The west boasts famously consistent waves at Lahinch, drawing surfers from far and wide, along with the Wild Atlantic Way, a 2,600-kilometre coastal road stretching from Kinsale in the south to Derry in the north and showcasing towering cliffs and a glacial fjord along the route. Cities including Galway and Limerick keep traditional folk music, Irish dancing, and the country’s ancient language alive in stone-built local pubs, while the circular Ring of Kerry route takes in thundering waterfalls and sweeping coastal vistas.

How do I get around Ireland?

There are three main airports in the country, Dublin Airport (DUB), in the east, Cork Airport (ORK) in the south, and Shannon Airport (SNN) in the southwest. However, if your cottage is in the north of the country, it may be easier to fly into Northern Ireland, where most flights touch down at Belfast International Airport (BFS). Many ferry services depart from England, Wales, Scotland, and France to the ports at Dublin, Rosslare, Cork, and Dun Laoghaire, as well as Belfast and Larne in Northern Ireland. Ireland has an extensive train network that runs throughout most of the country as far north as Sligo, but it does not cover County Donegal in the north. You’ll need to use one of the regional bus services to connect to this region. Hiring a car is the most flexible way to get around on your holiday in Ireland, giving you access to places that are not served by public transport.

When is the best time to stay in a vacation rental in Ireland?

Awe-inspiring landscapes give Ireland year-round appeal, whether heading for the beaches in the summer or watching the waves crash against the Cliffs of Moher in the winter. The busiest months of the year are July and August during the school holidays, when visitors make the most of warmer temperatures and outdoor restaurant tables spill out onto the streets of Dublin. Rain is common even in the summer, when you may experience different seasons within just a few hours. However, Ireland experiences its highest rainfall and strongest winds blowing in from the Atlantic from autumn to spring. Bear in mind that some boat services, such as to Skellig Michael island and the Aran Islands, normally only operate in the peak season. Rain or shine, a weekend-long seafood festival brings seafood lovers to the west coast city each September.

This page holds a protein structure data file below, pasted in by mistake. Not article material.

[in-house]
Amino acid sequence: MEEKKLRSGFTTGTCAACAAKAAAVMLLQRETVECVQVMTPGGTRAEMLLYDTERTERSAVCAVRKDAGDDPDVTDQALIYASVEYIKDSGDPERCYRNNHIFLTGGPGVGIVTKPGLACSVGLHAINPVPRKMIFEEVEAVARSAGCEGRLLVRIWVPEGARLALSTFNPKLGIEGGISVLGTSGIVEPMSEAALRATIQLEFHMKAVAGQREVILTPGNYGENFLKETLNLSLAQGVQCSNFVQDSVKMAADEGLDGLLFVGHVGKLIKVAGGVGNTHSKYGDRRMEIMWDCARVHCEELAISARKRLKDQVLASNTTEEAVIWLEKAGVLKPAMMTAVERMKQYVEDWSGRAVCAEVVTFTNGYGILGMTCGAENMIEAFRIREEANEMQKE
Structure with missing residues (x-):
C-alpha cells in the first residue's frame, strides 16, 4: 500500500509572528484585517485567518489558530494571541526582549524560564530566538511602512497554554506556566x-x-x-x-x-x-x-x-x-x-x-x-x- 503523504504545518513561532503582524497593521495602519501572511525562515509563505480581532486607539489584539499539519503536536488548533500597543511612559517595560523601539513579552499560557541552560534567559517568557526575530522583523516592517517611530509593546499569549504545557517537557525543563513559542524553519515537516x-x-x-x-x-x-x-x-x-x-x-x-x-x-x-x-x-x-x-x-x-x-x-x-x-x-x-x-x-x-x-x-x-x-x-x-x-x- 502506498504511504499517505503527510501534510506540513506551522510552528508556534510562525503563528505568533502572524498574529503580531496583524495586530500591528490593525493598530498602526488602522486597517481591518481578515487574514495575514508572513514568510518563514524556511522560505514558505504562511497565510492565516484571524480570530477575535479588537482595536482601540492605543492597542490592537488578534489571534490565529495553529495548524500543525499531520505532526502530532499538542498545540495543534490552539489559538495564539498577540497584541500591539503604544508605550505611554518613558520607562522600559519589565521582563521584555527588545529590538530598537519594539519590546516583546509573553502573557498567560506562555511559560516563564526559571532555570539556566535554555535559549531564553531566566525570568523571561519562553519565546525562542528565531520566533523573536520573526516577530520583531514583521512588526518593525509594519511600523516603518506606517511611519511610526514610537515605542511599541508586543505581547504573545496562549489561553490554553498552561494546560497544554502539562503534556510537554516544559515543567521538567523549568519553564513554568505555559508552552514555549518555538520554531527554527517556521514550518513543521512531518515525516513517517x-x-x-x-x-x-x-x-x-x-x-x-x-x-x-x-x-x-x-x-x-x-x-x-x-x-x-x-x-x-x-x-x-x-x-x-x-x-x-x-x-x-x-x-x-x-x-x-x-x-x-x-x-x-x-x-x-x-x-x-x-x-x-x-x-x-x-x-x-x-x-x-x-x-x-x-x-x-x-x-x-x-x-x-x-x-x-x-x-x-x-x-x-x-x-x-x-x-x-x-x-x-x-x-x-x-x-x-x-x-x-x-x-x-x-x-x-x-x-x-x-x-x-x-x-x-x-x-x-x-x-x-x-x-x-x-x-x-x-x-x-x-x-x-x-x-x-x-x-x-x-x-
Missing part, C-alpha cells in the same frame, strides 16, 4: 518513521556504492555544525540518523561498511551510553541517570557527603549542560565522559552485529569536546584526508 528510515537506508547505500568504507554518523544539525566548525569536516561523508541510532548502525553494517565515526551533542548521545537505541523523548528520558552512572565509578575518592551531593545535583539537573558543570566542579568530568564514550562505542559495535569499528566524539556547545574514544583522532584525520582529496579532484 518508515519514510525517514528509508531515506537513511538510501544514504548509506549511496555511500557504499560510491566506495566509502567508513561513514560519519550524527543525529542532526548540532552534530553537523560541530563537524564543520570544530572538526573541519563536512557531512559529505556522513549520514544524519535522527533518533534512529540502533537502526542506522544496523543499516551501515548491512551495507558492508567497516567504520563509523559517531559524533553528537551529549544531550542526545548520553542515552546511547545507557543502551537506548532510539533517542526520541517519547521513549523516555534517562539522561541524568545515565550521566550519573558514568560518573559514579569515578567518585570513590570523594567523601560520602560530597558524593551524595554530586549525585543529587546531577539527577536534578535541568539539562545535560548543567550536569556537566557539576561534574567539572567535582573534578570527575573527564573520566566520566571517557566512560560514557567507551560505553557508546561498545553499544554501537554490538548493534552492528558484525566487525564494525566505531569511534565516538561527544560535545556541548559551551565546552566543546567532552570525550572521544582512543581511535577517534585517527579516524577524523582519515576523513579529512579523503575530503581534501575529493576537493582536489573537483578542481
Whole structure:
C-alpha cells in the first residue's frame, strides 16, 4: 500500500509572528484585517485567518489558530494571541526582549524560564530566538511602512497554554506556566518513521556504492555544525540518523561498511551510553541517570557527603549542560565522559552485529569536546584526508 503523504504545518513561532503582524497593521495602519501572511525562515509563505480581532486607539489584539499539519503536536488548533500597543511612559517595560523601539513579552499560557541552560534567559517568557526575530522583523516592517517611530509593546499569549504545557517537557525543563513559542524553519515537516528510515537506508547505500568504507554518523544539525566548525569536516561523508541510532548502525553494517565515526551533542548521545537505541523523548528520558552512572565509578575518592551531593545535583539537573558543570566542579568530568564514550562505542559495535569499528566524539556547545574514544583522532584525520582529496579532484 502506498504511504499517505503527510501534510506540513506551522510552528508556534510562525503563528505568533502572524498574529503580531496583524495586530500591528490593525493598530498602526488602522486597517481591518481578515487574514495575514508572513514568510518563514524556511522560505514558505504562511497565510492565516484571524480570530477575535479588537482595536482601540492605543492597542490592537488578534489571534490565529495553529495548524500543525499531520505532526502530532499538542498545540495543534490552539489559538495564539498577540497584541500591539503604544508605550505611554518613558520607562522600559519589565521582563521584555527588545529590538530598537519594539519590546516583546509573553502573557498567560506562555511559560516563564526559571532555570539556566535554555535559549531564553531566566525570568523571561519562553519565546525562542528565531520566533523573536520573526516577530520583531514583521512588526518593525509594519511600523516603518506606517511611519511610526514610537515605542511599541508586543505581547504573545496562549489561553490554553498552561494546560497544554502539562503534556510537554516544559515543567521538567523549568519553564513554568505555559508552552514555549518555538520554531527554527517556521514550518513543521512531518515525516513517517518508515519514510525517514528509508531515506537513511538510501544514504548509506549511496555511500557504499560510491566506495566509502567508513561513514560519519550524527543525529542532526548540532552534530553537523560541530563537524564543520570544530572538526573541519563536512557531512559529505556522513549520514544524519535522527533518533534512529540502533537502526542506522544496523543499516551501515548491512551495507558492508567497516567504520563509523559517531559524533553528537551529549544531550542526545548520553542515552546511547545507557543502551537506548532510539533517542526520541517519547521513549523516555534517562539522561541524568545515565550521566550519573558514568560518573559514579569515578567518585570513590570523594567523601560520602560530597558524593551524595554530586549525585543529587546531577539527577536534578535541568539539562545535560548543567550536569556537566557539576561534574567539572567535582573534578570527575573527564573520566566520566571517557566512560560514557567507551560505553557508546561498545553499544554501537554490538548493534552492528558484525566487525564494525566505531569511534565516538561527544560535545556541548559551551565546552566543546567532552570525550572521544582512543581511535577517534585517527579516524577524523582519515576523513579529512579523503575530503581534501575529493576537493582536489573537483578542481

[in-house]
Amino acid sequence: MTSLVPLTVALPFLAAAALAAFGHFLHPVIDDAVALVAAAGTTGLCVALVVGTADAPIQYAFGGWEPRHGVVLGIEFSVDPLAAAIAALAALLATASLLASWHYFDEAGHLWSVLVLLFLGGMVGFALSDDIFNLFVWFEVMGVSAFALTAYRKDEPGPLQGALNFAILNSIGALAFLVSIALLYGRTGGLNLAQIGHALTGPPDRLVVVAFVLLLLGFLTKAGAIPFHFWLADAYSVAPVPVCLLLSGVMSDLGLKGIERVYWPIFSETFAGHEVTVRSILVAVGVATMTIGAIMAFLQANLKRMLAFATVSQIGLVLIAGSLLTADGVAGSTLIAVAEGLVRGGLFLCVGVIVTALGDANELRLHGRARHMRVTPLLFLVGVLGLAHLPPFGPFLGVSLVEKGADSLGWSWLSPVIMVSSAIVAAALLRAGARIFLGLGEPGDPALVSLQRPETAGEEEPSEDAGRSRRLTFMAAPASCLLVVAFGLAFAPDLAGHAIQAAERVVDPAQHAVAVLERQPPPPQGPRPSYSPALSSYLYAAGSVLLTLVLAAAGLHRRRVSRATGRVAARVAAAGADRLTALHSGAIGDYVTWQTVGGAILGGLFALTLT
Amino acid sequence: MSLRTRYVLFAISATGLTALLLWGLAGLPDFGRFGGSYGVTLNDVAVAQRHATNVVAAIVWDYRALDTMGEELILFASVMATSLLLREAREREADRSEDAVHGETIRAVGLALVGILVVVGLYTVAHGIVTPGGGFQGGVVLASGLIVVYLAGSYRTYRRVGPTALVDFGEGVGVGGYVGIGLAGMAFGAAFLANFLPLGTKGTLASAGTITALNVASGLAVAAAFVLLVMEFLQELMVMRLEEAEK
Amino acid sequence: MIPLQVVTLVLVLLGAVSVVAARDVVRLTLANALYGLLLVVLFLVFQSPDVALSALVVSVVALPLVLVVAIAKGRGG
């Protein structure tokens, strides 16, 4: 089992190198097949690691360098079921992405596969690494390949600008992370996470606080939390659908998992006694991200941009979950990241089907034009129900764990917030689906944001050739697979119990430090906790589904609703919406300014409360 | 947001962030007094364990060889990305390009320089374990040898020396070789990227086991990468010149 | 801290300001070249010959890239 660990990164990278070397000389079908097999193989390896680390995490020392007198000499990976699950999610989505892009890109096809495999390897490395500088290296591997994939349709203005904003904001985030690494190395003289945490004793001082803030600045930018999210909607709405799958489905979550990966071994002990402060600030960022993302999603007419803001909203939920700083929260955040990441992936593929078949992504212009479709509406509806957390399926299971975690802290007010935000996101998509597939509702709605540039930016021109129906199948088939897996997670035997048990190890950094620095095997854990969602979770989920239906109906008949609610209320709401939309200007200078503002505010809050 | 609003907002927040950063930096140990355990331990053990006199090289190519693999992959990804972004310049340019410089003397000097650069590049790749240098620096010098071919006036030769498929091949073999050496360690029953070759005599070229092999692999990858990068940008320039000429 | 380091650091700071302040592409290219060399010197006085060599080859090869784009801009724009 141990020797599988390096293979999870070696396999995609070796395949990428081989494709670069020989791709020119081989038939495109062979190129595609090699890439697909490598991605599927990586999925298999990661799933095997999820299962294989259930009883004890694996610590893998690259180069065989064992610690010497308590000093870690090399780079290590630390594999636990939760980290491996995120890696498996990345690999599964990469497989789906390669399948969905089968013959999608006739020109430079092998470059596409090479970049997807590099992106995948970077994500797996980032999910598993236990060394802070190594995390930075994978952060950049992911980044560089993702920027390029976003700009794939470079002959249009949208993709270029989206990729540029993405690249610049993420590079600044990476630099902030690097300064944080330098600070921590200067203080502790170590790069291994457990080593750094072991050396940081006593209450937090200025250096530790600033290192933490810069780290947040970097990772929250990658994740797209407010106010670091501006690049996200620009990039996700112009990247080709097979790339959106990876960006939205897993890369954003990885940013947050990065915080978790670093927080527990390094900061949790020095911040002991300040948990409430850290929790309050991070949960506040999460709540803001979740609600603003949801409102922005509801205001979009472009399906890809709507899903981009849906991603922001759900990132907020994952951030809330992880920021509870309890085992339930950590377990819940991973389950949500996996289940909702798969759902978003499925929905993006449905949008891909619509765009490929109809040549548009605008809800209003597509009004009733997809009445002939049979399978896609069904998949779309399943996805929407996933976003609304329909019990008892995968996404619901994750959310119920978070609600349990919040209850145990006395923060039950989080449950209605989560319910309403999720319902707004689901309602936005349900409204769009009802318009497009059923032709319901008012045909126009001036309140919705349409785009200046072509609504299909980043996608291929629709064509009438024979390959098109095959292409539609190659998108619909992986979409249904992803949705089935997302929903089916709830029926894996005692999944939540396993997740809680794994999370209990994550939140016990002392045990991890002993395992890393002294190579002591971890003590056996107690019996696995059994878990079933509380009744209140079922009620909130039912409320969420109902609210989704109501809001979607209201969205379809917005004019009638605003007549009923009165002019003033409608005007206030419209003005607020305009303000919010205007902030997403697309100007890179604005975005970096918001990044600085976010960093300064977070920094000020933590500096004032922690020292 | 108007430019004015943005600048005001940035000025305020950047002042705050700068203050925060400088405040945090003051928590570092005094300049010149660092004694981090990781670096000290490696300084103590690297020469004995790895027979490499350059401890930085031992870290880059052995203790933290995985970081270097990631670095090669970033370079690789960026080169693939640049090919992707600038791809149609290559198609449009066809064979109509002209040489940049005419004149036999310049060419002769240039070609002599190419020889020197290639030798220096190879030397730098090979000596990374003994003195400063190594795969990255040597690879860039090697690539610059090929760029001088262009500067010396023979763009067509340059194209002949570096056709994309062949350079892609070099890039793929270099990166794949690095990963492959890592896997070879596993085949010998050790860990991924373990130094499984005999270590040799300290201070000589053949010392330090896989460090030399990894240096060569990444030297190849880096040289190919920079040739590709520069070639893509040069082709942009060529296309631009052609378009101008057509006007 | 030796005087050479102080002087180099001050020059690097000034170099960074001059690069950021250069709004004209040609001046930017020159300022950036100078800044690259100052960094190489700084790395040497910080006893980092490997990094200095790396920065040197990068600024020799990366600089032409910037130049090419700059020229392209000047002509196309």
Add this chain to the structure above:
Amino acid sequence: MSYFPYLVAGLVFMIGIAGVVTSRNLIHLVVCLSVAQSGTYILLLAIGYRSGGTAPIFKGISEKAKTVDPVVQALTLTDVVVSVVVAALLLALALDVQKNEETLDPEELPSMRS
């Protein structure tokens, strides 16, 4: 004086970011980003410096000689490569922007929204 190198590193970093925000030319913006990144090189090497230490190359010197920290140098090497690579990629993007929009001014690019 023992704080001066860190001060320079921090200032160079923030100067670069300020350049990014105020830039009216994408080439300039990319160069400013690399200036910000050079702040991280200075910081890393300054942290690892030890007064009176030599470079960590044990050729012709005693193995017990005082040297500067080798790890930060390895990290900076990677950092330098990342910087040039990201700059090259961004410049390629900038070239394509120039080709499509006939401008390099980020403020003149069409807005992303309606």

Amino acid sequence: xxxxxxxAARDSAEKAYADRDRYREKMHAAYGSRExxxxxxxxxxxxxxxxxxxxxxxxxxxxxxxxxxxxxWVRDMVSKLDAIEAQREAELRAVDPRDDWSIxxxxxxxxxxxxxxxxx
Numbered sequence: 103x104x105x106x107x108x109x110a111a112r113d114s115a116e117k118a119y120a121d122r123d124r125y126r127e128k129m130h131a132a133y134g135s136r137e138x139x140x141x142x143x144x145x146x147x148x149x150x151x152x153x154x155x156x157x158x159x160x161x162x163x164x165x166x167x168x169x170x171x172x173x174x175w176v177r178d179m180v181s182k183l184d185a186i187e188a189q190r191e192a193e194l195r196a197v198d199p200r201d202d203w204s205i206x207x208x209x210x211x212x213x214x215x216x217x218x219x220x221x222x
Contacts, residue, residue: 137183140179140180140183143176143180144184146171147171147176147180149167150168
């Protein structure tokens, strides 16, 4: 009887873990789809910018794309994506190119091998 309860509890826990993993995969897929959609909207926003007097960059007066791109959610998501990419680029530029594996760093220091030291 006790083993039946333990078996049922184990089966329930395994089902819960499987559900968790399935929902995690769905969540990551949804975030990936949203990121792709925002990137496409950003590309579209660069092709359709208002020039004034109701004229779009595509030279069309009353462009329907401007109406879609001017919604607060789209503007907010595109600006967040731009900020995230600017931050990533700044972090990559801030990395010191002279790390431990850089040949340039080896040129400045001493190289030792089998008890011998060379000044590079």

What are the top things to do in Ireland?


Perched at the mouth of the River Liffey on the country’s eastern coast, the cosmopolitan city of Dublin is the capital of Ireland, boasting more than 1,000 years of history, from the 9th-century manuscript the Book of Kells at Trinity College and St Patrick’s Cathedral right up the way through to Capital Dock. Visitors can soak up the atmosphere of hurling and Gaelic football at Croke Park and get a taste of the city’s whisky and stout-making heritage.

Cliffs of Moher

Take a walk along the Doolin Cliff Walk midway down the west coast of Ireland to reach one of the most photographed sites in the country, the dramatic Cliffs of Moher. The cliffs feature sheer drops of up to more than 200 metres and are around eight kilometres in length. Stop by in the early morning to see the mist rising up from crashing Atlantic waves.

Blarney Castle

The partially-ruined Blarney Castle on the outskirts of Cork in the south of Ireland is almost 600 years old. Sprawling grounds feature lush ferns, tranquil woodland, and even a poison garden. The castle is also home to the legendary Blarney Stone — it is said that if someone kisses it, it will grant them the power of great eloquence or ‘the gift of the gab.’